Boat Tours, Paddle-craft Rentals and Select Conveniences Temporarily Unavailable
Glass-bottom, snorkel, diving and island boat tours, and rentals for canoes and other paddle-craft, are temporarily unavailable. The park is working to resolve the issue as soon as possible and regrets the inconvenience. Limited snack items are available.
A vast expanse awaits you as you venture from the mangrove shoreline out onto Biscayne Bay. With the wide blue sky above and the gin clear waters below, you seem suspended in time and space. But then you notice that there is movement all around. A brown pelican glides overhead then suddenly wheels and crashes into the water to gather its next meal. Maybe you'll see a sea turtle skimming above the seagrasses, or a manatee grazing. Life surrounds you.
Biscayne Bay is a shallow estuary, a place where freshwater from the land mixes with salt water from the sea and life abounds. It serves as a nursery where infant and juvenile marine life reside. Lush seagrass beds provide hiding places and food for a vast array of sea life. In fact approximately 70 percent of the area's recreationally and commercially important fishes, crustaceans, and shellfish spend a portion of their young lives in the bay's protective environment.
Protected from the ocean to the east by a chain of islands or keys and by the mainland to the west, the bay is one of the most productive ecosystems in the park. Fresh water flow brings nutrients from inland areas. Plants use these nutrients, along with energy from the sun, carbon dioxide, and water to produce food through photosynthesis.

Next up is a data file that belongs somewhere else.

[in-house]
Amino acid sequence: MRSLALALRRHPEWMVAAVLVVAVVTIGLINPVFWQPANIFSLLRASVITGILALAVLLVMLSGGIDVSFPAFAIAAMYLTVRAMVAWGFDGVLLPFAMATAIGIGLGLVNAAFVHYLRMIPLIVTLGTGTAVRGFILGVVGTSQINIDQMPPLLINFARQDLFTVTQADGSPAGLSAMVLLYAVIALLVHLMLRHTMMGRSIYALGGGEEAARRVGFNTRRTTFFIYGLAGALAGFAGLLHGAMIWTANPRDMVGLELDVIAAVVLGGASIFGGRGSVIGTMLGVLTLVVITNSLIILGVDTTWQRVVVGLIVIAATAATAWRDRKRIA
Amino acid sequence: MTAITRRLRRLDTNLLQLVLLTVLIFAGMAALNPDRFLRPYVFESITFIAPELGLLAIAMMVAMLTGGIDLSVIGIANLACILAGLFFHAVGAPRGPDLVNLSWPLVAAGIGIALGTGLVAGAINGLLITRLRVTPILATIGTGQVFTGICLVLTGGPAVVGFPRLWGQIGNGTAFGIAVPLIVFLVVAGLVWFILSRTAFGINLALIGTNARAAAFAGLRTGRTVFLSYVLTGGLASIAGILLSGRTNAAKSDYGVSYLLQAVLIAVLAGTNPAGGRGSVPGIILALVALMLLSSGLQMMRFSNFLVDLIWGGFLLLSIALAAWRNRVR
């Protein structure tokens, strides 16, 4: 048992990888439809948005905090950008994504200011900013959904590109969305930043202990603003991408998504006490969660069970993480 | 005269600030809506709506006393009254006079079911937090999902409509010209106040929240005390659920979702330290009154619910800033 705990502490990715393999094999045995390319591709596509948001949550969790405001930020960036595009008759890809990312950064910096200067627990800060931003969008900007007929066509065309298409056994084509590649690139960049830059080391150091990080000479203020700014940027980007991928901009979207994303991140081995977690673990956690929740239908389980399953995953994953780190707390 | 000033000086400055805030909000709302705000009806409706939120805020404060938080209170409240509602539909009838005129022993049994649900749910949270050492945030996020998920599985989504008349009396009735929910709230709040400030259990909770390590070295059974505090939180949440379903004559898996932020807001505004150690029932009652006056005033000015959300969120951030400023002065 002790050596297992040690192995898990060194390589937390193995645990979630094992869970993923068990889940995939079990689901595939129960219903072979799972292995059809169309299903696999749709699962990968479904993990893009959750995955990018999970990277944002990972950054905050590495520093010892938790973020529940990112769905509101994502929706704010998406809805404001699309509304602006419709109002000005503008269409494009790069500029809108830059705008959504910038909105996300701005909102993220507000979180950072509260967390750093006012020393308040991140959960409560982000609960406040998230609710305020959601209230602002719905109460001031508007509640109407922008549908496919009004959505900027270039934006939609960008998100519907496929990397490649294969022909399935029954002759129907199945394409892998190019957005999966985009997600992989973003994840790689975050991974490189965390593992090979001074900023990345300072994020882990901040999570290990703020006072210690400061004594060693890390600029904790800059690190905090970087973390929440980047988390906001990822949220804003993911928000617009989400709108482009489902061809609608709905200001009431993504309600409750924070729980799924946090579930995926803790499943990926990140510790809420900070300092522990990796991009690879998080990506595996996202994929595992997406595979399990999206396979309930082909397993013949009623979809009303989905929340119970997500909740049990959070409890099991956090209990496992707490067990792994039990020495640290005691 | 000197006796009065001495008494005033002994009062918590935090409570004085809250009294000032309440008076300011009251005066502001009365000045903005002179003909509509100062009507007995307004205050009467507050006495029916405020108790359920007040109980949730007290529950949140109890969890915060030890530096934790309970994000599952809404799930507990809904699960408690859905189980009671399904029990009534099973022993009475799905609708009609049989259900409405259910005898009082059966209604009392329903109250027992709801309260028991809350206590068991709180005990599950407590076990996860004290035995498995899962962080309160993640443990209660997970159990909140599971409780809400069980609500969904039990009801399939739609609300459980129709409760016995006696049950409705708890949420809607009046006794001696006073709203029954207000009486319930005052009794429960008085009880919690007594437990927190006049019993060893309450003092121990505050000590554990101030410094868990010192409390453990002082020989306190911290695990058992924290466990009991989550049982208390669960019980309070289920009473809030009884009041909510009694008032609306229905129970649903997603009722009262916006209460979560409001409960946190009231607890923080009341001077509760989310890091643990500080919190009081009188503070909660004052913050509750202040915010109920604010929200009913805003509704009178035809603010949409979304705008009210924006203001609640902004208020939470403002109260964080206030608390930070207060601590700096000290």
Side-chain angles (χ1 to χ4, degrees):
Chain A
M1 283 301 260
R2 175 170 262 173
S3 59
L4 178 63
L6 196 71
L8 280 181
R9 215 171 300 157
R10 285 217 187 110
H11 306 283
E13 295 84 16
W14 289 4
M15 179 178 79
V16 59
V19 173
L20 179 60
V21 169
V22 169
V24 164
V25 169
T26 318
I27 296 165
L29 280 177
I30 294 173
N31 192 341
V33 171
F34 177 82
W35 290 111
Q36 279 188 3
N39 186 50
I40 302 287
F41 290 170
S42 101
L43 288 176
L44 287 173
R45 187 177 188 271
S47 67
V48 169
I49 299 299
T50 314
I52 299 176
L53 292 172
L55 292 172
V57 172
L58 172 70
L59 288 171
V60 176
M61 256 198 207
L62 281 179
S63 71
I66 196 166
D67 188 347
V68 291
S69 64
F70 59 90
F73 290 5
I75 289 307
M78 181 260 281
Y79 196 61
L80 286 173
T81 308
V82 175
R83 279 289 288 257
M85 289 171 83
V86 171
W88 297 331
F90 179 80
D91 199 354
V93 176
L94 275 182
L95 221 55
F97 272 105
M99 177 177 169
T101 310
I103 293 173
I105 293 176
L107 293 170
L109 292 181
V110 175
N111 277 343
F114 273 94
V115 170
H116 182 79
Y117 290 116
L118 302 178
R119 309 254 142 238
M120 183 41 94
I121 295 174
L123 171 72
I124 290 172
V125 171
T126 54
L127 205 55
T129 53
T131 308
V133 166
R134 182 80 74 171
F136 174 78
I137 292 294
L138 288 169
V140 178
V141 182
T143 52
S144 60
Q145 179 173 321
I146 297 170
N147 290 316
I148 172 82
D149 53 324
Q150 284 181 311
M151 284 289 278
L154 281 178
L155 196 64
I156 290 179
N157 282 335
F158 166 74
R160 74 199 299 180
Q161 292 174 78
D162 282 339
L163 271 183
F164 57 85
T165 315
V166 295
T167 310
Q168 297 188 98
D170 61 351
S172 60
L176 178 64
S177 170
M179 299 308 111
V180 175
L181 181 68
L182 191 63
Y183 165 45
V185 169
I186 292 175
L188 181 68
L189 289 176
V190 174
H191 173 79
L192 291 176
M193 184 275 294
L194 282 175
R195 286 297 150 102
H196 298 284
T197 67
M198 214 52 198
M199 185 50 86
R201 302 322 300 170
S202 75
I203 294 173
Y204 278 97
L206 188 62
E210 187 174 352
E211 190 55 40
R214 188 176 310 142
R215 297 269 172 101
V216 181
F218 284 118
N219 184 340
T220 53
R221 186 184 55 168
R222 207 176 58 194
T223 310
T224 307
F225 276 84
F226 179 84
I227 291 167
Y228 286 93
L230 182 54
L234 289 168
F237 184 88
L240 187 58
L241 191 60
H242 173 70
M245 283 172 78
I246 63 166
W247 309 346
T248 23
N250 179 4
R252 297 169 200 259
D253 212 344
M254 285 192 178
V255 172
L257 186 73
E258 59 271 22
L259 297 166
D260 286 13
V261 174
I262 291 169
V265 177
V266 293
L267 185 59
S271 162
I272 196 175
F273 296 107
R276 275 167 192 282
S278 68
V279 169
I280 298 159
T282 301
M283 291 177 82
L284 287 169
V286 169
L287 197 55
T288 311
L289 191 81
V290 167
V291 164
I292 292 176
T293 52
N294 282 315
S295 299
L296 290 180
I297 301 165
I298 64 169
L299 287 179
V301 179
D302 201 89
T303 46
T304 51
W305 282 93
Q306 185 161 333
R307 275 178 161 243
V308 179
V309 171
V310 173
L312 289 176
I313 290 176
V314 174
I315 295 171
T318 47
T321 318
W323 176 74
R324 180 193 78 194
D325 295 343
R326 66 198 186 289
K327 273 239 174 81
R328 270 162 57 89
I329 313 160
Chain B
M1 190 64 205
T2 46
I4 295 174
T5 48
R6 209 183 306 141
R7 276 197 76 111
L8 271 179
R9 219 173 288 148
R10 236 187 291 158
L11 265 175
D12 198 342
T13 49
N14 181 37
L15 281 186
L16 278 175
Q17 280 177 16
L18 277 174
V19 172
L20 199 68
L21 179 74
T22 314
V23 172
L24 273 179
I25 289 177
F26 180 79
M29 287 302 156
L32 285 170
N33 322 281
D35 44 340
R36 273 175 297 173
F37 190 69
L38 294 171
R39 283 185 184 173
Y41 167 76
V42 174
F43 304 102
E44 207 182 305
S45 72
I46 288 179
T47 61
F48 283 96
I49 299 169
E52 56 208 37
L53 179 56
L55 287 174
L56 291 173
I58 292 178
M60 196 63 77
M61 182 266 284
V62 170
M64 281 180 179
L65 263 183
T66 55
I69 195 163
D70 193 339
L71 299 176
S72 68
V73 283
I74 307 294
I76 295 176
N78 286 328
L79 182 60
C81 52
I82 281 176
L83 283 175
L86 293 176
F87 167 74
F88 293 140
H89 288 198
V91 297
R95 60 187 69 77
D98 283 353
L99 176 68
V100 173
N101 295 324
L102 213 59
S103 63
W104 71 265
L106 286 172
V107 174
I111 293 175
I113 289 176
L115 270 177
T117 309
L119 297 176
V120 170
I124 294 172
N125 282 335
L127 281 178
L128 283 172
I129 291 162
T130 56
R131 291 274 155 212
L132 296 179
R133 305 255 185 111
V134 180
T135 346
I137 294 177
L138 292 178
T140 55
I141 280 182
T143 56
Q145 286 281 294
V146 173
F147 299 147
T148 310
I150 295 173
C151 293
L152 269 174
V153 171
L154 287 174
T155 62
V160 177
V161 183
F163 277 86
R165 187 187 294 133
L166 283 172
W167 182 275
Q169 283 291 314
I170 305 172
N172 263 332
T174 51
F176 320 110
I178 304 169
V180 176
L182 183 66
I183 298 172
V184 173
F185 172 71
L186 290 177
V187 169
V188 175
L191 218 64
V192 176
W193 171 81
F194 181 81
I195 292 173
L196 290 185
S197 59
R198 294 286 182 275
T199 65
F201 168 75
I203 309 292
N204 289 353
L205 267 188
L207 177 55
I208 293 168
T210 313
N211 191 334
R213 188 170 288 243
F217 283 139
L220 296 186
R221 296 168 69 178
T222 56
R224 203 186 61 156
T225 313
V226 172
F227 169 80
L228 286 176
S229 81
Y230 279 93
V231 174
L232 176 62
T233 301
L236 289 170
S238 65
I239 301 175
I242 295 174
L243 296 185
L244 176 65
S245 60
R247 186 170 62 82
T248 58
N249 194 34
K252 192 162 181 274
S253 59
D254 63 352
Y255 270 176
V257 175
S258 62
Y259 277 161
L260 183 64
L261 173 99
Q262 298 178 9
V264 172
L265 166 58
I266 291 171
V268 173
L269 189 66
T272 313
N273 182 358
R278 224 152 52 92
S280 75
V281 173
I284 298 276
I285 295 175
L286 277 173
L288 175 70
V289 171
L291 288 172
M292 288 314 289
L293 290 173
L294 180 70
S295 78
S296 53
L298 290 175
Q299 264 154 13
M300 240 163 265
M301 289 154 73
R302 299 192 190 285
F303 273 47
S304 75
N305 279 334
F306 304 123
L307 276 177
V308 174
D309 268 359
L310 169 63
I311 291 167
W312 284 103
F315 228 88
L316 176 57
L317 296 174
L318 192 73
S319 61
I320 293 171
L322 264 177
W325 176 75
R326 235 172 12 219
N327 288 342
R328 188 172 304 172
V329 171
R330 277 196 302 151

Beneath the bay's clear waters are two primary ecosystems: hardbottom and seagrass.
Seagrasses are critically important to the bay's ecology because they help stabilize sediments, keeping the water much clearer than it otherwise might be. Seagrasses also provide food and hiding places for countles juvenile and adult creatures.
There are three major types of seagrasses found in the bay. Shoal grass (Halodule wrightii) is an early colonizer of disturbed areas and usually grows in water too shallow for other species. Turtlegrass (Thalassia testudinum), the most common seagrass in the park, has wide leaf blades and a deep root structure, and forms most of the large, lush seagrass meadows found in the park. Manatee grass (Syringodium filiforme) is easily recognizable because its leaves are cylindrical.
Did You Know?
Stiltsville is a collection of colorful and battered buildings in the shallows at the northern end of Biscayne National Park. The history of buildings like these goes back to the 1930s when a community of squatters took hold here. More...